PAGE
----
- Additionally, when you consider all of the things that will be connecting to your wifi router in the coming months and years, you’re going to need a device that can handle all of that connectivity. The Internet of Things is upon us and your HUE lights, Nest Thermostats, Piper Home Gateways, smart refrigerators and washer/dryers will all be vying for bandwidth and you’re going to need something that can handle the stampede, corral it and keep it in order without slowing you down. MU-MIMO and future iterations of it should help you do just that! If you tend to be more of a “wait and see” tech buyer, there will be more MU-MIMO products to come which will give you the opportunity to compare performance and value among MU-MIMO enabled routers.
Specs, Setup and Speedtests
Routers really have become very user friendly in the last few years. Setup is often as easy as connecting an ethernet cable from the modem, or gateway provided by your ISP, to the EA8500 and waiting for the LINKSYS light on top of the router to go from pulsating to a solid light. The solid light means that you have a steady connection. Next, you’ll jump on any computer with wifi turned on and look for the wireless network names printed in your Quick Start guide, use the wireless password printed there to connect. Once connected, point your browser to linksyssmartwifi.com and configure your router. First thing you should do is change the router password. After you’ve done that, change the wireless network names and passwords. Please use strong passwords! Don’t use, iloveyou, or 0000, or your birthday or dog’s name. You do your banking online, let’s not make it easy for people to intercept your network traffic. You can play around with the settings but one I recommend you adjust, especially if you have young ones who game or watch streaming videos is to set your own streaming video device(s) and laptop(s) as the traffic priority. You can only set three devices as the top priority but you can go into the router itself (not the SmartWIFI app) and set priorities for apps and services as well. If you really want to lock things down, you can also turn off SSID broadcast so no one can see your network name.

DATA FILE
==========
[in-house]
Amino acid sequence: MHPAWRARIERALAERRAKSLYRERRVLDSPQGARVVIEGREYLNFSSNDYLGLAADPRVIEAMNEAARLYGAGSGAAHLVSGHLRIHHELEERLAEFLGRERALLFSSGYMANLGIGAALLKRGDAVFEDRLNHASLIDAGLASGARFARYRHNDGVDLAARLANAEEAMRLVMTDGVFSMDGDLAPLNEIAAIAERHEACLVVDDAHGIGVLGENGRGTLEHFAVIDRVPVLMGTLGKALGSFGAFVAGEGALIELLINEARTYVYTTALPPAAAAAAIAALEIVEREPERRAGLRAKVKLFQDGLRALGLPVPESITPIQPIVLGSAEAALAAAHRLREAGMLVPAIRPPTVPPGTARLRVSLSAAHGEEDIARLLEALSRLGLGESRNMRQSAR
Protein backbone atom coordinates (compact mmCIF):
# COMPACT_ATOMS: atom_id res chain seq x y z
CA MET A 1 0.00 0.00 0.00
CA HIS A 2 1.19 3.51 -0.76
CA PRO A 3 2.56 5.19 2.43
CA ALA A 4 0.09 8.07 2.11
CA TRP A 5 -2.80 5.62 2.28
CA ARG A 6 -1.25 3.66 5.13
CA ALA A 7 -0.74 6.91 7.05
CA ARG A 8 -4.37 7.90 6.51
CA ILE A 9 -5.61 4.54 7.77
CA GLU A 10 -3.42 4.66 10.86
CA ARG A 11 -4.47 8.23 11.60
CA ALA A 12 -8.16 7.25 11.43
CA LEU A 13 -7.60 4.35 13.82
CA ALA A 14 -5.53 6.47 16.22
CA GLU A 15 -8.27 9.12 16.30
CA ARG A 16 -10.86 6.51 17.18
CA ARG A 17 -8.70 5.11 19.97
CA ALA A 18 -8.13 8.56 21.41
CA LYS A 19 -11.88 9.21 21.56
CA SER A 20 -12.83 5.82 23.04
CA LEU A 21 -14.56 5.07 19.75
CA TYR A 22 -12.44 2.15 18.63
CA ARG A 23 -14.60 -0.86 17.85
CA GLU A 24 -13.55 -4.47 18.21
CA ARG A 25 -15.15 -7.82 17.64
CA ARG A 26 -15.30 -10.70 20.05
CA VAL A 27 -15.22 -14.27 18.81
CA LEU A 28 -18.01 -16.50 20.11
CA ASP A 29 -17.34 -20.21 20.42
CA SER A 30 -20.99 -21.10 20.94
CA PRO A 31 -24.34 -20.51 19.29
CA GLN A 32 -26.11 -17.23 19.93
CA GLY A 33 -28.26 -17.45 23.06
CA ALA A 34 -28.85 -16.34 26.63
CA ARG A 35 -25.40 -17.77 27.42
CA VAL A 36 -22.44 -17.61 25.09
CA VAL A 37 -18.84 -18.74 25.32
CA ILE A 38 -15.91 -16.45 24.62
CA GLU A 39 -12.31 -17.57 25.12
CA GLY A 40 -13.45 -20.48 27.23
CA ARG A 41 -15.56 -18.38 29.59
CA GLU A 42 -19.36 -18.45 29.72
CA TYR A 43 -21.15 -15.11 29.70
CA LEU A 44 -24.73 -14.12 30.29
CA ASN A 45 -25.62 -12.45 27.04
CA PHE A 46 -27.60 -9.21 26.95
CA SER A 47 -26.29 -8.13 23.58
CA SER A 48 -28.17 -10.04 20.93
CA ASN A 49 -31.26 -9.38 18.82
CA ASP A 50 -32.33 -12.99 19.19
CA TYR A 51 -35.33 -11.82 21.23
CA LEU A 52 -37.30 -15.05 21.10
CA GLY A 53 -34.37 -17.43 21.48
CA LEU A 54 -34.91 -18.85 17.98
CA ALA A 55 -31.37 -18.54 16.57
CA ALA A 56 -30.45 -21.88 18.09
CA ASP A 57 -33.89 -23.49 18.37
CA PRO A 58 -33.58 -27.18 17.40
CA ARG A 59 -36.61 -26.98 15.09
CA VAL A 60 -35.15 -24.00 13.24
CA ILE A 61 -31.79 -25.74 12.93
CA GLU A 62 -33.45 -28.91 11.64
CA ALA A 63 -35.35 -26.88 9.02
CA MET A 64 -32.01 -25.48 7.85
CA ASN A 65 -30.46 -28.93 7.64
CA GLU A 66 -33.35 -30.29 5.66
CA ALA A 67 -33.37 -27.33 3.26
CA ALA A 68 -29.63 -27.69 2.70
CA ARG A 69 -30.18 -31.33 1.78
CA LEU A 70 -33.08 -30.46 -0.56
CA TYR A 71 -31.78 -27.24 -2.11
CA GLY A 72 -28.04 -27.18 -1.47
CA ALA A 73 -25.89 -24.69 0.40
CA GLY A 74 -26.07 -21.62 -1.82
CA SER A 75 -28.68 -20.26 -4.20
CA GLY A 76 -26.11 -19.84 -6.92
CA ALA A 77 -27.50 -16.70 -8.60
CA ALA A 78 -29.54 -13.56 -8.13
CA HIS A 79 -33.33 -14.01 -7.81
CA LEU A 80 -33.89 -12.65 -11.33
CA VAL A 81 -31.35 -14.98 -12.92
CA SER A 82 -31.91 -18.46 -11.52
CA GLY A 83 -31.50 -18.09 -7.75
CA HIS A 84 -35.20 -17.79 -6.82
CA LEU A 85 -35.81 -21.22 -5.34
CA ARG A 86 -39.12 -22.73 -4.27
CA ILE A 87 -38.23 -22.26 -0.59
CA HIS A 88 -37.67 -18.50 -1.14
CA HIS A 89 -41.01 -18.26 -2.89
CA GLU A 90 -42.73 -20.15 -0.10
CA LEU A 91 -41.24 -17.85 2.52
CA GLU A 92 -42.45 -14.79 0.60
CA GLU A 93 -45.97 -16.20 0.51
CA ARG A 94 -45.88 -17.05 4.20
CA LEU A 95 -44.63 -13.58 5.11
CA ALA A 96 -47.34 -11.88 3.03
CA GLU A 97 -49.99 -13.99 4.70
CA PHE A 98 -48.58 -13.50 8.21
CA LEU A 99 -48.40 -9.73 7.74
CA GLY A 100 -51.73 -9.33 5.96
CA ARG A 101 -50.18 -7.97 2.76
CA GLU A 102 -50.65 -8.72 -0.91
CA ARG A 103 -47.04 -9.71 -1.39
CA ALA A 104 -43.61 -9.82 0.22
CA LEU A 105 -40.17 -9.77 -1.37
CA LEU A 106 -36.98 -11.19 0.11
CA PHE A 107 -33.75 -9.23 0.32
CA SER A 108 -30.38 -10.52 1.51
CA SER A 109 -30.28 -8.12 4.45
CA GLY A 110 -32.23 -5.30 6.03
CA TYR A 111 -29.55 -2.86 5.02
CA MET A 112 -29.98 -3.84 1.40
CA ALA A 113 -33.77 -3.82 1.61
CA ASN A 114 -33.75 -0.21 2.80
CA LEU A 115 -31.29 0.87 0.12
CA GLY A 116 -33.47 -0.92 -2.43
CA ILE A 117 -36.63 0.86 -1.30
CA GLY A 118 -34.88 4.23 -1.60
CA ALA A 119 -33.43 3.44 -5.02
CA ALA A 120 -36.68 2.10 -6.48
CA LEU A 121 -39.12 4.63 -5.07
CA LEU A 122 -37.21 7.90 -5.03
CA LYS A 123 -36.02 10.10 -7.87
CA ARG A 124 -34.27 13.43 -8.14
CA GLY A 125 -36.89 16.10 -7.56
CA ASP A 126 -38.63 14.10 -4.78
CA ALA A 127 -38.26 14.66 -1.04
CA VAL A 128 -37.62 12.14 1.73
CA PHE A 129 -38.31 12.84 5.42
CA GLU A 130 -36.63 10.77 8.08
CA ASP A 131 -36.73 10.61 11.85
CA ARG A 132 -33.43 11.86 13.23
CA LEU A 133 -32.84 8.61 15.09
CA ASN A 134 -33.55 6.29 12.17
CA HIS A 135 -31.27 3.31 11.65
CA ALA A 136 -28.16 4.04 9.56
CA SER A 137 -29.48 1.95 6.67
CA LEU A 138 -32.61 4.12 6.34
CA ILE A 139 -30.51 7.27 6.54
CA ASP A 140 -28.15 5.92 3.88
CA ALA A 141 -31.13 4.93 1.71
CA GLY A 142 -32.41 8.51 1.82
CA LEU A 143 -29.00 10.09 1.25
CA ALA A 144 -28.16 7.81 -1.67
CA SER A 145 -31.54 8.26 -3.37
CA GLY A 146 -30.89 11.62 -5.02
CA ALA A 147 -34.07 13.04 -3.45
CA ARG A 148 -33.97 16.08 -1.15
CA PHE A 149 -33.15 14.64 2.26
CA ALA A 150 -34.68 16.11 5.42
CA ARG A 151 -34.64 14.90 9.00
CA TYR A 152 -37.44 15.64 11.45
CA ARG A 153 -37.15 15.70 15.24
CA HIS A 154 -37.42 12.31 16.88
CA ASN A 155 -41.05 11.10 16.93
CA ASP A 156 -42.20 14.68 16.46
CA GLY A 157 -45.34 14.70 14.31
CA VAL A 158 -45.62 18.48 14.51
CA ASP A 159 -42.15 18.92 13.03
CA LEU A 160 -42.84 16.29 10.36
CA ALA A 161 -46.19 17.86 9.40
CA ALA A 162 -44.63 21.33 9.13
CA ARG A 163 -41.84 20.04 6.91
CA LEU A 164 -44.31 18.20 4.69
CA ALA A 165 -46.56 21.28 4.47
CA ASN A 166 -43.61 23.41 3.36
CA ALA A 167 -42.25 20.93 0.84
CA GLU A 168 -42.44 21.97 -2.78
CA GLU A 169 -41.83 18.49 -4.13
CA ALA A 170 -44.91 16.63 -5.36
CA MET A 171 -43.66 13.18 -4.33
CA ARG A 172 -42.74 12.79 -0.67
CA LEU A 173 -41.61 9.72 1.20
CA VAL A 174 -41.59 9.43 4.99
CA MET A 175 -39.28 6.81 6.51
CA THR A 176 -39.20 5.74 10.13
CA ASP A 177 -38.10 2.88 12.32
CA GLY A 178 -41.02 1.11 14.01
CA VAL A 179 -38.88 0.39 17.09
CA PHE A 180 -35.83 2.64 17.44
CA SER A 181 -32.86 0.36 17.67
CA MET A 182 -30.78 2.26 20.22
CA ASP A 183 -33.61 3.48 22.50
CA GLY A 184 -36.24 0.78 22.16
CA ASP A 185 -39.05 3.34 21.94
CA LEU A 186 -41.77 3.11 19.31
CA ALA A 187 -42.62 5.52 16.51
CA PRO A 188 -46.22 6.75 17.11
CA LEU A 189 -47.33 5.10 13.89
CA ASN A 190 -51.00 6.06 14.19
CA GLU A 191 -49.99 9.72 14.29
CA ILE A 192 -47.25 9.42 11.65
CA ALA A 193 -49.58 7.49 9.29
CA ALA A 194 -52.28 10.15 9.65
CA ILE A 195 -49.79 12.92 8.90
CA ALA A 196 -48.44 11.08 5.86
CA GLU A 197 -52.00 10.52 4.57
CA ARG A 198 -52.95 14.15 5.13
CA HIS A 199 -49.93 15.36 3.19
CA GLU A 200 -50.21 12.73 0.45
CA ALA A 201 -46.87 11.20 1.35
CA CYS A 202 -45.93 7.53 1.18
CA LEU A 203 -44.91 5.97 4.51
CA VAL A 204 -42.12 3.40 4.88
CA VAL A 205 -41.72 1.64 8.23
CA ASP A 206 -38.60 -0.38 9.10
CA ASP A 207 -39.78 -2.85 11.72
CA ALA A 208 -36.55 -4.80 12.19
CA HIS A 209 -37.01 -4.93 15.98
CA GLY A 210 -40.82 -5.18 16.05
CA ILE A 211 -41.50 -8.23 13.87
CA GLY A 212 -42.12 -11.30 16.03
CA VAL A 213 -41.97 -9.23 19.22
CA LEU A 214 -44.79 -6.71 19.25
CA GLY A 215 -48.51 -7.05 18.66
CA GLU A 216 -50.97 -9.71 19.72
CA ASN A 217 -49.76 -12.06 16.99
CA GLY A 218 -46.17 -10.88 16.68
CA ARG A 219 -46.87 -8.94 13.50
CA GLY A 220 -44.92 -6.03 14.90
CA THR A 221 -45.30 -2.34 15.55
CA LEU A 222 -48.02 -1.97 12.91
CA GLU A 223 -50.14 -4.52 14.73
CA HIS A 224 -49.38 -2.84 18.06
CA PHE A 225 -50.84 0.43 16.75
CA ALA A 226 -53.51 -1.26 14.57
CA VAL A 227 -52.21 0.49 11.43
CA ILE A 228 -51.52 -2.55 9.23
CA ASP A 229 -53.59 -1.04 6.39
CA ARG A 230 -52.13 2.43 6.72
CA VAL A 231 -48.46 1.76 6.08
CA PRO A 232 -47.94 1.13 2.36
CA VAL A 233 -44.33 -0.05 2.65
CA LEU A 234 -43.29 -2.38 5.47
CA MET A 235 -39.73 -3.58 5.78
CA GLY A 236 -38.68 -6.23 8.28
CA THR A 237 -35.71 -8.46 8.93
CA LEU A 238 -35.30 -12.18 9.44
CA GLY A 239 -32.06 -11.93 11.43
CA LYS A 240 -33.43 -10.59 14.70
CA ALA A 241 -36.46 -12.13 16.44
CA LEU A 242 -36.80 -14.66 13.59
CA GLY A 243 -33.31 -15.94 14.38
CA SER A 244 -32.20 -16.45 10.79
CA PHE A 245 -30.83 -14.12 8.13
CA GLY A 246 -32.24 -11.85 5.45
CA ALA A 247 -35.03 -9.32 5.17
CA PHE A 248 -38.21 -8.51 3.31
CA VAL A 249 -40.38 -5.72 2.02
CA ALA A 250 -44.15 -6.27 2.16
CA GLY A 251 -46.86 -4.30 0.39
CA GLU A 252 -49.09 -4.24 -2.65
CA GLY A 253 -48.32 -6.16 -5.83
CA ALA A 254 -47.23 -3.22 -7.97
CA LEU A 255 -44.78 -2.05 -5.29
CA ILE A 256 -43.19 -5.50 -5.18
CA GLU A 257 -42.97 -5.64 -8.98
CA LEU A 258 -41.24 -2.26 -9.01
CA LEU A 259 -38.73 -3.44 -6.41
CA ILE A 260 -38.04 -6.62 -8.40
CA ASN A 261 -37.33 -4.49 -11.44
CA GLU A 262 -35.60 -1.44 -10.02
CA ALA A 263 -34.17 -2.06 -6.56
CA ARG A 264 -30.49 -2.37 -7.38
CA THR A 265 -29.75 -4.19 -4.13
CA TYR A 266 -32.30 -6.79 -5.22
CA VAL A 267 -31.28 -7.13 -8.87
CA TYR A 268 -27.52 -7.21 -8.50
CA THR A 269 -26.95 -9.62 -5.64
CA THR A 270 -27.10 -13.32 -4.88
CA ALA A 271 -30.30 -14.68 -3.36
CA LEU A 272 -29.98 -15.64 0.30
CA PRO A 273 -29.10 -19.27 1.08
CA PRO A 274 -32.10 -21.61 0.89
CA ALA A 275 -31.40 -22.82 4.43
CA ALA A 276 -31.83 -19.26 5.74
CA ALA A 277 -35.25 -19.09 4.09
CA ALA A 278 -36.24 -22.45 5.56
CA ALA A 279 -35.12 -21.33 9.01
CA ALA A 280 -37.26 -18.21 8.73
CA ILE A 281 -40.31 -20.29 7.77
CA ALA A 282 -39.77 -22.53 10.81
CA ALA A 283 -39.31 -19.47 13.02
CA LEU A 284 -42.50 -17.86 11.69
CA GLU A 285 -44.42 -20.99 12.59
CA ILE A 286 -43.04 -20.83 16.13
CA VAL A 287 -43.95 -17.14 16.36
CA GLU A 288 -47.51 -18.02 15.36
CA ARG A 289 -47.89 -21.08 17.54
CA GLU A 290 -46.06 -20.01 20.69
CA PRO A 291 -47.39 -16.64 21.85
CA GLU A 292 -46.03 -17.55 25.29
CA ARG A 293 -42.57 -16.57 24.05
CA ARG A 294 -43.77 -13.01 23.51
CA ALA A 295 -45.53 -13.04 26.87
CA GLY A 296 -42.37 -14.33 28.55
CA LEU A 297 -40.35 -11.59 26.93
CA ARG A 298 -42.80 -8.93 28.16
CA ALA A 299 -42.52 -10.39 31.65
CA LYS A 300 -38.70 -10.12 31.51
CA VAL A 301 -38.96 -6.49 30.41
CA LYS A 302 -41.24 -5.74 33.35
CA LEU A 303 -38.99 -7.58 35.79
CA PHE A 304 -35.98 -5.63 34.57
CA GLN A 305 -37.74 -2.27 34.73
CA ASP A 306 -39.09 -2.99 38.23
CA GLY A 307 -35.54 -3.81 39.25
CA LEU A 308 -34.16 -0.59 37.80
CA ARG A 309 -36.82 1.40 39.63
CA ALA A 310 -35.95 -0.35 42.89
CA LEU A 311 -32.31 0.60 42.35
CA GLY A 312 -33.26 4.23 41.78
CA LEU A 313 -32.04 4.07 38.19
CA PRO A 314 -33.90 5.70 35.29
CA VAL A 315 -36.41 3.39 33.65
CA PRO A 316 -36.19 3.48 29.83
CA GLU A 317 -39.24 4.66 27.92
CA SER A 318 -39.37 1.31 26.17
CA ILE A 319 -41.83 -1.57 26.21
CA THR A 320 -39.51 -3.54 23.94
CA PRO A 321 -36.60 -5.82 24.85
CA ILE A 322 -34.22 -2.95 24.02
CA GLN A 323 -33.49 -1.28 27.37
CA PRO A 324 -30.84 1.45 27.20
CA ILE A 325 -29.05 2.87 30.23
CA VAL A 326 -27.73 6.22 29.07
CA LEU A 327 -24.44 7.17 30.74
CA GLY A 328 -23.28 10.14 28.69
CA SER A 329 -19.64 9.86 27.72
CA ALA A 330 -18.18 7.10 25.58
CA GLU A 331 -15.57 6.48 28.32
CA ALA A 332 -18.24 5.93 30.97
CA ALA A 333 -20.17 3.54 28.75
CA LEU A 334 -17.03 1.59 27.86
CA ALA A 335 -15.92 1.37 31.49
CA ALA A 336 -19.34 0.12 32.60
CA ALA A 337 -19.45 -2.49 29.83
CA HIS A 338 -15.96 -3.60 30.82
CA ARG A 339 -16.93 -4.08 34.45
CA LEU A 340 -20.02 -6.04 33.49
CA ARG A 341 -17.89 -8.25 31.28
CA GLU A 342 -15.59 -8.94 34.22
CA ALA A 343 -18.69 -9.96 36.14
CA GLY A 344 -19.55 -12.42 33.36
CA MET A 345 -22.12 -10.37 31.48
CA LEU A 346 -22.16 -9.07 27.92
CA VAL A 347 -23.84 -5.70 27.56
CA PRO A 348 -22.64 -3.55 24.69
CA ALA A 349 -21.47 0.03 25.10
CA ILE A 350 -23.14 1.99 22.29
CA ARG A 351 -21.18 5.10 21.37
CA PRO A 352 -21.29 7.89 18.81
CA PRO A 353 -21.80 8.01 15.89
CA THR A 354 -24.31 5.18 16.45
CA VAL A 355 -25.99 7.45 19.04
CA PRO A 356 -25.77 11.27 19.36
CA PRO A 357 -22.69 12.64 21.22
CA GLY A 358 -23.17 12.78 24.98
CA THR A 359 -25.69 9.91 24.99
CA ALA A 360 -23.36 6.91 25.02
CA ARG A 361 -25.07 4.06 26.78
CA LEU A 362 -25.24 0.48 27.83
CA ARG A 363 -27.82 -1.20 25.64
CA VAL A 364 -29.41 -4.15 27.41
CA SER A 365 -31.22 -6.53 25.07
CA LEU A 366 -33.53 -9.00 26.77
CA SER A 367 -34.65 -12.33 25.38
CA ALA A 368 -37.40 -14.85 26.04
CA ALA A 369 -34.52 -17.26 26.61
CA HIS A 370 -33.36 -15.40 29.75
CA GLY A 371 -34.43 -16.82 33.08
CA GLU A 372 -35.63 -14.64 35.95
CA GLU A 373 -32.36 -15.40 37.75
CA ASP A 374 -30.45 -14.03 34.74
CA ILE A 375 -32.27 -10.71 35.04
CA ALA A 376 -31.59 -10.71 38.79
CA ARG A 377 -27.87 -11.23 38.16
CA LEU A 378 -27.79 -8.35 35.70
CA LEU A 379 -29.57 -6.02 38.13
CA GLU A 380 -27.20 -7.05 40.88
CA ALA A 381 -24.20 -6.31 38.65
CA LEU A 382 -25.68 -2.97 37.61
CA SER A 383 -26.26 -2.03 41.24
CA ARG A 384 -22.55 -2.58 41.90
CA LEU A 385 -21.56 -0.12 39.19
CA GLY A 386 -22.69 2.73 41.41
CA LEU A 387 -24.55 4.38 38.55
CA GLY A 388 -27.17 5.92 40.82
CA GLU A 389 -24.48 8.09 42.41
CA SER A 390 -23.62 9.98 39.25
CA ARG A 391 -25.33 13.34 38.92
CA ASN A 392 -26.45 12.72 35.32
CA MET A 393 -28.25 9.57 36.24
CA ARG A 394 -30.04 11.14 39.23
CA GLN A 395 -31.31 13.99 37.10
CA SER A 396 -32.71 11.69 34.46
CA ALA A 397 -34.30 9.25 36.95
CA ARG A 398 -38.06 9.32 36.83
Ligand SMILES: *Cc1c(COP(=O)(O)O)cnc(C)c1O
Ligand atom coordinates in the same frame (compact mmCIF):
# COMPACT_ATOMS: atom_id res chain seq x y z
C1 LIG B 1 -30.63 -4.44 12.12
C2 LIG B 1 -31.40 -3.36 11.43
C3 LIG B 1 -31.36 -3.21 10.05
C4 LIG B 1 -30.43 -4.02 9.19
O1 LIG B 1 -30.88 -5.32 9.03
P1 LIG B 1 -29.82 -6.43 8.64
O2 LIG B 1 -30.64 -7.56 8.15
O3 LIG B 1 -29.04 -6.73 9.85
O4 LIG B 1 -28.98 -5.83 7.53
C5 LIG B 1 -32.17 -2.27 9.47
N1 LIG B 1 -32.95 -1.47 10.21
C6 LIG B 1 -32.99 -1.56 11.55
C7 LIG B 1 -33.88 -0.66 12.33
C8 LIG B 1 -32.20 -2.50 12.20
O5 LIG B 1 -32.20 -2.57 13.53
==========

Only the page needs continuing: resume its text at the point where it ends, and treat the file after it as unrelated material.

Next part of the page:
- Wi-Fi compatible with 802.11b, 802.11g, 802.11n, and 802.11a
- Wi-Fi button for enabling/disabling Wi-Fi interfaces
- Supports simultaneous Dual-band
- PHY rate up to 800 Mbps on 2.4 GHz
- PHY rate up to 1733 Mbps on 5 GHz
- Up to 4×4 Spatial Streams
- 4 LAN/1 WAN 10/100/1000 Mbps ports
- USB ports
- 1x USB 3.0
- 1x eSATA/USB 2.0 combo port
- Guest network ( Up to 50 guests)
- Beamforming support
- Wi-Fi Scheduler
- Wireless Bridge Mode & Wireless Repeater mode
- Buttons: Reset, Wi-Fi Protected Setup, Power
- Processor: Dual Core 1.4 GHz Qualcomm chipset